I travelled there over Easter during what was, according to every single Prague inhabitant I spoke with, the coldest spring they had had in 20 years. It was cold, damp, with biting winds, and mostly grey. To try to make myself feel a bit better about this, I told myself that if I could spend a week in the city and find its beauty in this weather, wandering the streets before dawn until after dark wearing literally every piece of clothing I brought with me (layers took on a whole new meaning), then I could take on anything.
I found it in spades.
As with any trip of this nature I had done my research before I left. I had pulled up tourism web sites and images of the iconic Charles Bridge and Prague Castle, I had emailed photographers asking for good vantage points and advice, and I had my general list of places and shots that I wanted to capture. In a stroke of brilliance I went to my dating web site and searched for people (men and women because I was not looking for a date) in the city and asked for advice on out-of-the-way places that locals enjoy. They did not end up giving me anything groundbreaking, but I shall be trying this from now on. At the very least, I was told what to avoid as being uber touristy or just bad.
Without further ado, some quick photography advice for Prague:
Follow the sun: The sun rises in the east, as always, so plan some shots of the castle in the morning from the opposite side of the Vltava to capture the Castle and Mala Strana bathed in morning light. And of course, being on the castle-side at a vantage (after the gardens at the winery near the castle, or better Letna Park) would be a wonderful place to capture the Old Town, Vltava, and bridges at sunset.
Lights on, lights off: The castle turns on its lights earlier than the Charles Bridge at night, but turns its lights off earlier in the morning than the Bridge. This means that only the castle is lit when trying to shoot the castle and bridge an hour before sunset, and vice versa for sunrise. It's not terribly convenient, but it's not tragic either.
The Bridge: Charles Bridge is crowded during the day, so crowded that you can't really see the bridge. There are vendors and musicians and tourists, tourists, tourists. Be prepared to get up very early, and it will only be you and all the other photographers wandering around with tripods, and runners.
Up high: The observation areas from the Old Tower and the Astronomical Clock tower are both good places to start for those bird's eye shots. The Astronomical Clock tower allows tripods, the Old Tower does not (when you see the Old Tower observation area you understand why). Of course, when it is freezing cold and you are the only one up there at 8pm, they leave you alone.
They don't make splendor like this anymore: The National Theatre, Municipal House, and the other beautiful performance theatre houses are a must see and all allow photography before the performances and during the intermissions. Not only is Prague a classical music lover's dream, but the tickets are very affordable compared to the rest of Europe and North America. Try not to dress too casual for the opera or you will be stared down by one the older matrons directing patrons to their seats.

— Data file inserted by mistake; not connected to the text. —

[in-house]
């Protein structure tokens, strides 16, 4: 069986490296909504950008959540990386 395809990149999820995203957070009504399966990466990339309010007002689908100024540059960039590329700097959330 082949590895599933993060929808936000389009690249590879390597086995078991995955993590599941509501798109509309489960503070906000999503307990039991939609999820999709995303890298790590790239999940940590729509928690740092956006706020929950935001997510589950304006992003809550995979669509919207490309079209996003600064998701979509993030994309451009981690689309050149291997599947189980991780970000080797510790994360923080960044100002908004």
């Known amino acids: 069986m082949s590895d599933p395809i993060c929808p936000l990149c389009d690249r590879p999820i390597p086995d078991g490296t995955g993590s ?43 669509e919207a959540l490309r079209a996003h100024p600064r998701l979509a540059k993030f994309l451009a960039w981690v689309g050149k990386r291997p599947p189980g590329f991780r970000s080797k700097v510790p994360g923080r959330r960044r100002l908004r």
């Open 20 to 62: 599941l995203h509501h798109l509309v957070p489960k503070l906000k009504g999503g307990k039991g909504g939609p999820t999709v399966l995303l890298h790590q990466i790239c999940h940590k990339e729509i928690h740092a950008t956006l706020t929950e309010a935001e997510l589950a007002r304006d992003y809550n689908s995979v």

Biggest disappointment: The Strahov Monastery Library. Do not go hoping to get a different shot than the one in the guide book. It is literally an open door with a rope across and you have to wait to get access to the doorway with everyone else. And you pay extra to take pictures when you pay admission. Biggest disappointment of the trip.
Biggest find: There is a beautiful walkway sandwiched in the valley between the castle and the summer house (Letna Park). It is covered with overgrown vines and is beautiful, shady, and peaceful.
And while I'm giving advice:
- Most cafe and restaurants have wi-fi even if they don't advertise it. Ask your server for the password.
- Buy an extra transit ticket at the corner store or metro station and keep it in your pocket for when you want to hop a quick ride between places. Buying them on the tram was a bit confusing for me and the driver wasn't pleasant.
- If you want to venture off the tourist track, learn some basic words in Czech or you may be met with stony silence. Many of the locals are not crazy about tourists, but will be much friendlier if you can compliment their city and beer in their language.
- Smoking is still permitted in bars and restaurants. Be prepared to share your airspace with some nicotine lovers if you want a nice seat by the window at Kavarna Slavia.
- And I don't think I need to say it because everyone has already, but watch your bag. Walking around with a camera is saying, "I don't live here and I have expensive electronics". Bags you can carry in front are a wise choice and keeping your gear light during peak tourist hours is recommended.